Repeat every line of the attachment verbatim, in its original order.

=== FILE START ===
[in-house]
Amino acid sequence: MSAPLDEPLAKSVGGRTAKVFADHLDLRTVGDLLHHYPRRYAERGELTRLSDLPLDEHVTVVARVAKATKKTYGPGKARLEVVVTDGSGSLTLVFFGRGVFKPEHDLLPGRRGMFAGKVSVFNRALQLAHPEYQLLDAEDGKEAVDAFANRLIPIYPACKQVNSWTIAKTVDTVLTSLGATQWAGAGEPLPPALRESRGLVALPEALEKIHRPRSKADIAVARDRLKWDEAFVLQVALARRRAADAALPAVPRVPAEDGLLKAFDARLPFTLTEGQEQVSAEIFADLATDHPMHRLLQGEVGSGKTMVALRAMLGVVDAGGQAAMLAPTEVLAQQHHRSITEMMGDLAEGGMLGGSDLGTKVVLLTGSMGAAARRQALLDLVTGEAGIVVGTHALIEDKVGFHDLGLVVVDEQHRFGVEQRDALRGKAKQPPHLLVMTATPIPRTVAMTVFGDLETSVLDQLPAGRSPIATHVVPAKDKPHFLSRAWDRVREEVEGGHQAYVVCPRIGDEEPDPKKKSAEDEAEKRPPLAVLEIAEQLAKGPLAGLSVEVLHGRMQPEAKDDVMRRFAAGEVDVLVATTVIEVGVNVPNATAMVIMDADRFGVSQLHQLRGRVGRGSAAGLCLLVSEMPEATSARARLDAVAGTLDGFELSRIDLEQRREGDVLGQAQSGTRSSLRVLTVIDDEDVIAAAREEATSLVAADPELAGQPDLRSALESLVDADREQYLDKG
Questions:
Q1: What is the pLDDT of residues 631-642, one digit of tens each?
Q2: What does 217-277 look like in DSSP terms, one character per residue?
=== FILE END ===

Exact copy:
[in-house]
Amino acid sequence: MSAPLDEPLAKSVGGRTAKVFADHLDLRTVGDLLHHYPRRYAERGELTRLSDLPLDEHVTVVARVAKATKKTYGPGKARLEVVVTDGSGSLTLVFFGRGVFKPEHDLLPGRRGMFAGKVSVFNRALQLAHPEYQLLDAEDGKEAVDAFANRLIPIYPACKQVNSWTIAKTVDTVLTSLGATQWAGAGEPLPPALRESRGLVALPEALEKIHRPRSKADIAVARDRLKWDEAFVLQVALARRRAADAALPAVPRVPAEDGLLKAFDARLPFTLTEGQEQVSAEIFADLATDHPMHRLLQGEVGSGKTMVALRAMLGVVDAGGQAAMLAPTEVLAQQHHRSITEMMGDLAEGGMLGGSDLGTKVVLLTGSMGAAARRQALLDLVTGEAGIVVGTHALIEDKVGFHDLGLVVVDEQHRFGVEQRDALRGKAKQPPHLLVMTATPIPRTVAMTVFGDLETSVLDQLPAGRSPIATHVVPAKDKPHFLSRAWDRVREEVEGGHQAYVVCPRIGDEEPDPKKKSAEDEAEKRPPLAVLEIAEQLAKGPLAGLSVEVLHGRMQPEAKDDVMRRFAAGEVDVLVATTVIEVGVNVPNATAMVIMDADRFGVSQLHQLRGRVGRGSAAGLCLLVSEMPEATSARARLDAVAGTLDGFELSRIDLEQRREGDVLGQAQSGTRSSLRVLTVIDDEDVIAAAREEATSLVAADPELAGQPDLRSALESLVDADREQYLDKG
Questions:
Q1: What is the pLDDT of residues 631-642, one digit of tens each?
Q2: What does 217-277 look like in DSSP terms, one character per residue?